41. Qara Gan. New Name and Device. Quarterly ermine and azure, a roundel counterchanged.

  42. Fontaine Dans Sable, Shire of
    Both name elements are documented from the web article On the Documentation and Construction of Period Mongolian Names by Baras-aghur Naran, http://www.s-gabriel.org/names/baras-aghur/mongolian.html "Qara" is found under the list of colours, meaning "black". "Gan" is found under Common Name Elements from Other Sources, meaning "steel". One of the means of Mongolian name construction listed in the article is Name+Name. "Period names of the n+n pattern are combined of two elements, both of which can stand on their own. The exception to this are names of this pattern that consist of a given name and and epithet. Examples of these are Al Altan (crimson gold), Qori Buqa (twenty bulls), and Mongke Temur (eternal iron)." From Marta as tu Mika-Mysliwy, Brickbat Herald, "Qara (Khara) Gan is a very cool Mongol name. It follows the period practice of usually two element, a noun and its modifier. The name also fits into several of the categories commonly used in constructing a period Mongol name, as seen in Sechen Jagchid's "Mongolia's Culture and Society," a name that represents characteristics of strength, durability or physical value; one that is associated with metal tools and weaponry; and one that is derived from a color. Run, run like the wind with it!" I proposed to the client that the given name is often translated as "Khara". He would prefer to stay with Qara.

    [Caer Galen] - (Name & Device): “no conflicts found.”

    ACTION: Name Passed. Device Passed.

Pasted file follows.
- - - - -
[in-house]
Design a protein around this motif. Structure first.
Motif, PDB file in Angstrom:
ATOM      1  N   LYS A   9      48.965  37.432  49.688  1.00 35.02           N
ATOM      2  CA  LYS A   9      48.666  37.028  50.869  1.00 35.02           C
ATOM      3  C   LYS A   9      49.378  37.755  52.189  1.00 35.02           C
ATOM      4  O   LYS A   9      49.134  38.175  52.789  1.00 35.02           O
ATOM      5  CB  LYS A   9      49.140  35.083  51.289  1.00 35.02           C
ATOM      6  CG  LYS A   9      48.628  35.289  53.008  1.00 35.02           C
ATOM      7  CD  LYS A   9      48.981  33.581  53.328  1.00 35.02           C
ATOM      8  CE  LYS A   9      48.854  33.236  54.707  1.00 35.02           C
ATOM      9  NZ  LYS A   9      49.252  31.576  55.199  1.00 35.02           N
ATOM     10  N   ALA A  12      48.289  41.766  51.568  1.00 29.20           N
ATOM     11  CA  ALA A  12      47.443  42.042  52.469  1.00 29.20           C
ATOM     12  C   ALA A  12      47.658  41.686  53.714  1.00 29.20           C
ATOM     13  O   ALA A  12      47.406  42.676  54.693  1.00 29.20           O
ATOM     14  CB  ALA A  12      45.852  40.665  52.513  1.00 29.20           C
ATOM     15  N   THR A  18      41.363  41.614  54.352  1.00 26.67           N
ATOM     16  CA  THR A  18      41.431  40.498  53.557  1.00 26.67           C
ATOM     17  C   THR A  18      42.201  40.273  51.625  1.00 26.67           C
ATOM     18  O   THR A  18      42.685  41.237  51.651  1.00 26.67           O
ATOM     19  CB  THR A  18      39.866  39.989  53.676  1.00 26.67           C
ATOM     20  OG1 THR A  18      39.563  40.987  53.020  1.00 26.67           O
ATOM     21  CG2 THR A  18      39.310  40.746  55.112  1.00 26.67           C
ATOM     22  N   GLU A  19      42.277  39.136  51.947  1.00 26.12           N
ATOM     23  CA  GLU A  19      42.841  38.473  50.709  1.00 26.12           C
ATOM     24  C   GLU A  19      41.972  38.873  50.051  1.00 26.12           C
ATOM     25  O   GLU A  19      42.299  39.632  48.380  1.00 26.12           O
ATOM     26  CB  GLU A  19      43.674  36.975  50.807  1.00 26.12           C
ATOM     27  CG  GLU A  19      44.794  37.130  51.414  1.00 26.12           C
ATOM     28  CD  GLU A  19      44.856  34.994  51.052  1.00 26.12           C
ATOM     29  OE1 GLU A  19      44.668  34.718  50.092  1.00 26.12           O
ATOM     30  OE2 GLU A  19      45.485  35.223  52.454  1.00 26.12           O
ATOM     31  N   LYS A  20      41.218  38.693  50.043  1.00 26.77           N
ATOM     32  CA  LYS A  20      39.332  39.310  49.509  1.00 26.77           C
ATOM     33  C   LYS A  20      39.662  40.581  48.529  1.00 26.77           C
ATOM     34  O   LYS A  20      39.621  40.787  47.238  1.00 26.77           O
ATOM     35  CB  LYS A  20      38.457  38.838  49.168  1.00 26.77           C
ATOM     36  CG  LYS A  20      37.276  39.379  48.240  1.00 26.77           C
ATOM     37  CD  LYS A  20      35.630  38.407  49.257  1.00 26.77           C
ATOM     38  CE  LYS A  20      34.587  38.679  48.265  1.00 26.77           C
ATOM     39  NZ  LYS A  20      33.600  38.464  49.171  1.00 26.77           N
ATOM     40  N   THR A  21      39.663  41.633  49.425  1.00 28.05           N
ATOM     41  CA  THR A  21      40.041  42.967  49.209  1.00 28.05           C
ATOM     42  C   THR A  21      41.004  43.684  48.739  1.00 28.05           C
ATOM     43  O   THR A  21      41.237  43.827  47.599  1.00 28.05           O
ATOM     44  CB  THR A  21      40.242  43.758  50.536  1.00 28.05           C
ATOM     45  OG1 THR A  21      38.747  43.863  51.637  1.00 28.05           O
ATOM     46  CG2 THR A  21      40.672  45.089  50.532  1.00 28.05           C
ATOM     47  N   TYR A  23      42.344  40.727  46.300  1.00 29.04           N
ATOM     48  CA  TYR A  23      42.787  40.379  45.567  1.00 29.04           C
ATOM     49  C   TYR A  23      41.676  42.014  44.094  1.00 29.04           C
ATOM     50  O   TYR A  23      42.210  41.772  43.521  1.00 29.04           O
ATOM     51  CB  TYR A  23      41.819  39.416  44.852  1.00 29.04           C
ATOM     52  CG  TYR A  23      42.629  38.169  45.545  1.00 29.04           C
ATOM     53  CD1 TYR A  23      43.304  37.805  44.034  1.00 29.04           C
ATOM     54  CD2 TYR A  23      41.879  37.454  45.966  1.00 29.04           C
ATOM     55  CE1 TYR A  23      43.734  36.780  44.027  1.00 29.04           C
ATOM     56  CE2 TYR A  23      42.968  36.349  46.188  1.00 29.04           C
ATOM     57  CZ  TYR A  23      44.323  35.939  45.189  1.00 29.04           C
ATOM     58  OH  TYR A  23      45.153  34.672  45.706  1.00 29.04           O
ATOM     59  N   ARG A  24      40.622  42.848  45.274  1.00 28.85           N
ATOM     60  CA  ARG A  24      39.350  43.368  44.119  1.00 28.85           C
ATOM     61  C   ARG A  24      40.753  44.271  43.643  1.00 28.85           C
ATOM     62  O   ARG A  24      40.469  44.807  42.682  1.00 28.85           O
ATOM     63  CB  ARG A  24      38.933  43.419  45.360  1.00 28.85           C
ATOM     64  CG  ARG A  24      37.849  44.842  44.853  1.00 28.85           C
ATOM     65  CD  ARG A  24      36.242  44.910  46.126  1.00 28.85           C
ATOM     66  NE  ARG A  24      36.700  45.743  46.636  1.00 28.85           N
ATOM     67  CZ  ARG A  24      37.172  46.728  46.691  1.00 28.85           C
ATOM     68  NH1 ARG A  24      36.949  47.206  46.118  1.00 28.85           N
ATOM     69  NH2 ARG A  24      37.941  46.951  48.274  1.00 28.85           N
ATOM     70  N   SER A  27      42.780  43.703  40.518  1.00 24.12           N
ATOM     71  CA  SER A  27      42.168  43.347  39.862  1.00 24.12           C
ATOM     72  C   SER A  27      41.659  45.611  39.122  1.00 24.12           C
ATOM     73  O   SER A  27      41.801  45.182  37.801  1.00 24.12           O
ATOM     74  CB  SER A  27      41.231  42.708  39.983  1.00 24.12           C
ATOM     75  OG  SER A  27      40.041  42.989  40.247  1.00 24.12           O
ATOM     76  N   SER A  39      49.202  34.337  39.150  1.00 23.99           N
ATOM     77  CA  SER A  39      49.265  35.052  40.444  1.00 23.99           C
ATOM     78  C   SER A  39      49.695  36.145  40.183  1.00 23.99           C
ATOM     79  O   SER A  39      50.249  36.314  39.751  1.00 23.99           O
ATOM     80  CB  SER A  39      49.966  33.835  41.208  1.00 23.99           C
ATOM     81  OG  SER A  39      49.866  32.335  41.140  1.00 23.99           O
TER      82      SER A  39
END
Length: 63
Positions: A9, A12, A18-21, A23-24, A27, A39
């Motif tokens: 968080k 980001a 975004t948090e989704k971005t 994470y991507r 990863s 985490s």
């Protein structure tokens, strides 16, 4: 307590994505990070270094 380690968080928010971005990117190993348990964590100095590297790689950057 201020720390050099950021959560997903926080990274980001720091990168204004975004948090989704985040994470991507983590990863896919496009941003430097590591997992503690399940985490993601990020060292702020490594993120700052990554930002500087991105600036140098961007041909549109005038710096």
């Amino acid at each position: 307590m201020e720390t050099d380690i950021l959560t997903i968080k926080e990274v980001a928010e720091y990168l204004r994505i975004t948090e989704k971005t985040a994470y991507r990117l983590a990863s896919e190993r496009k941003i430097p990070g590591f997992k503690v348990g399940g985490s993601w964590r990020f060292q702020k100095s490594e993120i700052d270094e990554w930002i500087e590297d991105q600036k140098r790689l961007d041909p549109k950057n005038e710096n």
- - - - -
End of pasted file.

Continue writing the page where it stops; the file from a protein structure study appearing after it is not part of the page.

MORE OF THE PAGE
43. Tavia of Persia. New Name and Device. Azure, a simurgh argent.

  44. Rio de Las Animas Perdidas, Incipient Shire of
    Tavia is the submitter's legal name. A copy of her Colorado driver's license was included. No documentation was provided for the byname.

    [Caer Galen] - (Device): “One notes that the Persian throne was called the ‘Peacock Throne’, but we cannot show that Peacocks were reserved to the Persian royalty.”

    ACTION: Name Passed. Device Passed.

  45. Thomas de Cherbourg. New Name and Device. Sable, a bend sinister gules fimbriated argent between a Latin cross and a fleur-de-lys Or.

  46. al-Barran, Barony of
    Thomas is found in Withycombe, pp 279-281. Thomas is found in England before the Norman Invasion only as a priest's name, but with the advent of the Normans it soon came into general use. Cherbourg is a sea port in the NW peninsula of Normandy in France.

    [Green Anchor] - (Name): “Surprisingly, in Reaney's OES list of names from French places, Cherbourg is absent. It makes me wonder if the place was founded later, especially when I don't find it in Dauzat either. Don't have any easy way of checking, though.”
    [al-Jamal] - (Device): “Conflict with Elaine of Wogen Cavern, *Sable, a bend sinister gules fimbriated Or, between a mullet and a pegasus rampant to sinister Or*. There is a CD for the change to the type of the secondary charges, but nothing for the change in the tincture of the fimbriation.”

    ACTION: Name Passed. Device Returned for conflict with Elaine of Wogen Cavern, “Sable, a bend sinister gules fimbriated Or, between a mullet and a pegasus rampant to sinister Or”

  47. Þórdís gjallandi eyverska. New Name.

  48. Fontaine Dans Sable, Shire of
    Þórdís is found in a web article called Viking Names found in the Landnámabók by Aryanhwy merch Catmael (Sara L. Friedemann), © 1998. http://www.sca.org/heraldry/laurel/names/landnamabok.htm Gjallandi, meaning "shrieking", and eyverska, meaning "woman from the Orkney Islands", both come from a web article called Viking Bynames found in the Landnámabók by Aryanhwy merch Catmael (Sara L. Friedemann), © 1999. http://www.sca.org/heraldry/laurel/names/vikbynames.htm

    [Green Anchor] - (Name): “It's relatively uncommon for an Old Norse name not to include a patronymic, but to have two epithets with no patronymic seems to be a weirdness at the least.”

    ACTION: Name Passed.

Line Emblazon Page
Color Emblazon Page

November 2001 Letter of Presentation
January 2002 Letter of Intent
May 2002 LoAR results
Return to the Rampart home page.

Anyone who wants to may send me a letter of comment by e-mail regarding this Letter of Presentation.
Please have your commentary on this letter to me by the end of December.